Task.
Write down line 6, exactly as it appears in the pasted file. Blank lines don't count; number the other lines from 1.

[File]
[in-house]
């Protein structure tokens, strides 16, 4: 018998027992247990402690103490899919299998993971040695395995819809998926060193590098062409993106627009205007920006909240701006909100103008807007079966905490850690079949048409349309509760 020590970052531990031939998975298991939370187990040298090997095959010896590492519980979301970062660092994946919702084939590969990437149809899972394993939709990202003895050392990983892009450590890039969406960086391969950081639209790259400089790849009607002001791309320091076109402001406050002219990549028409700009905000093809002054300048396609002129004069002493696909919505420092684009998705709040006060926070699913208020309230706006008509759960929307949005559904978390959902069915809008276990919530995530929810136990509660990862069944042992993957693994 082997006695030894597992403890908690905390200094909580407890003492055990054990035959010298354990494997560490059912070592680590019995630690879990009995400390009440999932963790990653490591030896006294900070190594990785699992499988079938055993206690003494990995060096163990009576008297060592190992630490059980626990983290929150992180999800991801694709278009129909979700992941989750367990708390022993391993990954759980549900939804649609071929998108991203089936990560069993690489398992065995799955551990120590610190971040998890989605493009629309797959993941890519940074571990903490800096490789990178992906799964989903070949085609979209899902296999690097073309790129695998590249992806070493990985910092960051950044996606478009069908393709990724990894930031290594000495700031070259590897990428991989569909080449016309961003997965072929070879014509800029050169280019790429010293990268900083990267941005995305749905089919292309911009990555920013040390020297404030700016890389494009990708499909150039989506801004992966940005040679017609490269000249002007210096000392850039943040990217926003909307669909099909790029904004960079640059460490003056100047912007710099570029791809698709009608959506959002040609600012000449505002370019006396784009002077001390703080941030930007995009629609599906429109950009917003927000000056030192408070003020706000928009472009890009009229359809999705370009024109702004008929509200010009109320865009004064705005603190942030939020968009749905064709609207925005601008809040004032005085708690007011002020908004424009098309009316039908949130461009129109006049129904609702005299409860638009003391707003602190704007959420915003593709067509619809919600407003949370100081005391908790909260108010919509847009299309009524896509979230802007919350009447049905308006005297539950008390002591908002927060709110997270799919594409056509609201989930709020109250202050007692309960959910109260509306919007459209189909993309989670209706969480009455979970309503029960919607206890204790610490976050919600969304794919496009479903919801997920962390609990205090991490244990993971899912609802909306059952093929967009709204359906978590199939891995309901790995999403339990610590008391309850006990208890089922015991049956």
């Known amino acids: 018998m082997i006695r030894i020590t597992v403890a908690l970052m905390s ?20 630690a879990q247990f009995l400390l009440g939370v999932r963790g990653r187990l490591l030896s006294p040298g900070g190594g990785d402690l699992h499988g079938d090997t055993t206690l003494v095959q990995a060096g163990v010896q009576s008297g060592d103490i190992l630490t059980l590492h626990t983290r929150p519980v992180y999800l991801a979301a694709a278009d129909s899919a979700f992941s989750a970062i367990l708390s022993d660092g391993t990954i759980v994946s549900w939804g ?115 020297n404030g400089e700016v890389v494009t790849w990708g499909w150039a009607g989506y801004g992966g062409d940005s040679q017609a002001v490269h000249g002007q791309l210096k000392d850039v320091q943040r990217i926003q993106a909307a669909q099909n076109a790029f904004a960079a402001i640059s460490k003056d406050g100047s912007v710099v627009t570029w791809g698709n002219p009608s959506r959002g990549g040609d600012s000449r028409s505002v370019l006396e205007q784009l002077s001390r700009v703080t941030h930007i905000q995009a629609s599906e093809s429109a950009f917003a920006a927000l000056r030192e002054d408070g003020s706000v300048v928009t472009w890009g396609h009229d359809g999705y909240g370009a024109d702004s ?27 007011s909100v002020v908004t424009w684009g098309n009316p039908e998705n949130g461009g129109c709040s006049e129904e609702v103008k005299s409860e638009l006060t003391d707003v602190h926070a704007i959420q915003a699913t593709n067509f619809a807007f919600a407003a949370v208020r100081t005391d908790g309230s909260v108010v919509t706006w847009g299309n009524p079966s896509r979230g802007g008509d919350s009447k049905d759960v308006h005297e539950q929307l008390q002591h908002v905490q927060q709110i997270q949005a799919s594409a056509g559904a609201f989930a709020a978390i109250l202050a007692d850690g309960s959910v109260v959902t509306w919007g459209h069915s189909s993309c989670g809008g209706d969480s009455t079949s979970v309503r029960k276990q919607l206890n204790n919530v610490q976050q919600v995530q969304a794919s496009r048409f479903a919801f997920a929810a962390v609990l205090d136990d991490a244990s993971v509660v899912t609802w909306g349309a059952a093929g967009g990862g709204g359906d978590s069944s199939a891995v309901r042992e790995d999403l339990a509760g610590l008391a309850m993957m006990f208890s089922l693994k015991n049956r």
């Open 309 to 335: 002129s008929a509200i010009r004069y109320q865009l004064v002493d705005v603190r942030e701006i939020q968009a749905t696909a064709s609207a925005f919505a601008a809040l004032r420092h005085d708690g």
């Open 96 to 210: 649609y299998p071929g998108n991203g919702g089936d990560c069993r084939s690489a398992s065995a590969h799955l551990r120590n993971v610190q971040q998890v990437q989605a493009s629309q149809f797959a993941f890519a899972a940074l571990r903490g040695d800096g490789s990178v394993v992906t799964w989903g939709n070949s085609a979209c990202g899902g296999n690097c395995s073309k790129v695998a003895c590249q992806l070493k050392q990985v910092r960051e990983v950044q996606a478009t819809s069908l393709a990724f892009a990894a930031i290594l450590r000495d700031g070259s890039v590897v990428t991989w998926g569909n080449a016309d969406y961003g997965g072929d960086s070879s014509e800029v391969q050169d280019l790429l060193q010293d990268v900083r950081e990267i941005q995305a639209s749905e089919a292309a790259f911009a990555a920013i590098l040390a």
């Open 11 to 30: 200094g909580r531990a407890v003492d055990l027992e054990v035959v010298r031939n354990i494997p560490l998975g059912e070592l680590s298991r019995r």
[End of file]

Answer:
């Open 11 to 30: 200094g909580r531990a407890v003492d055990l027992e054990v035959v010298r031939n354990i494997p560490l998975g059912e070592l680590s298991r019995r």